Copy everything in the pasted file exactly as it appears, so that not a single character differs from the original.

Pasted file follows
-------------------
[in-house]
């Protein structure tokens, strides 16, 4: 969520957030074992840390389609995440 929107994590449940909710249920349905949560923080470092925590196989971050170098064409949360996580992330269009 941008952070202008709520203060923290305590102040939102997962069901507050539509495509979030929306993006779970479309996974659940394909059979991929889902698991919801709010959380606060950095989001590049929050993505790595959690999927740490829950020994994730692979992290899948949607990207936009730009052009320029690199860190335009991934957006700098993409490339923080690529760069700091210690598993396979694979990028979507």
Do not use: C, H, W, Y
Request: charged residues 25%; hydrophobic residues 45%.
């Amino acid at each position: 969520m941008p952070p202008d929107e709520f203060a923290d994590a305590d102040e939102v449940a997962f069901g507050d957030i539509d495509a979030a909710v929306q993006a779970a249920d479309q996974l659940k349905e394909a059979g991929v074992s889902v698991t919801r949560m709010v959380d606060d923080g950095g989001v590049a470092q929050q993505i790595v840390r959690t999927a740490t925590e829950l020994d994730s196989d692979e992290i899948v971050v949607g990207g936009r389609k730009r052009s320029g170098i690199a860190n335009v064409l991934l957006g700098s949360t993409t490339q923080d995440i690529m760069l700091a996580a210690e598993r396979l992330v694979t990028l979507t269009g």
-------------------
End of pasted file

[in-house]
């Protein structure tokens, strides 16, 4: 969520957030074992840390389609995440 929107994590449940909710249920349905949560923080470092925590196989971050170098064409949360996580992330269009 941008952070202008709520203060923290305590102040939102997962069901507050539509495509979030929306993006779970479309996974659940394909059979991929889902698991919801709010959380606060950095989001590049929050993505790595959690999927740490829950020994994730692979992290899948949607990207936009730009052009320029690199860190335009991934957006700098993409490339923080690529760069700091210690598993396979694979990028979507």
Do not use: C, H, W, Y
Request: charged residues 25%; hydrophobic residues 45%.
């Amino acid at each position: 969520m941008p952070p202008d929107e709520f203060a923290d994590a305590d102040e939102v449940a997962f069901g507050d957030i539509d495509a979030a909710v929306q993006a779970a249920d479309q996974l659940k349905e394909a059979g991929v074992s889902v698991t919801r949560m709010v959380d606060d923080g950095g989001v590049a470092q929050q993505i790595v840390r959690t999927a740490t925590e829950l020994d994730s196989d692979e992290i899948v971050v949607g990207g936009r389609k730009r052009s320029g170098i690199a860190n335009v064409l991934l957006g700098s949360t993409t490339q923080d995440i690529m760069l700091a996580a210690e598993r396979l992330v694979t990028l979507t269009g």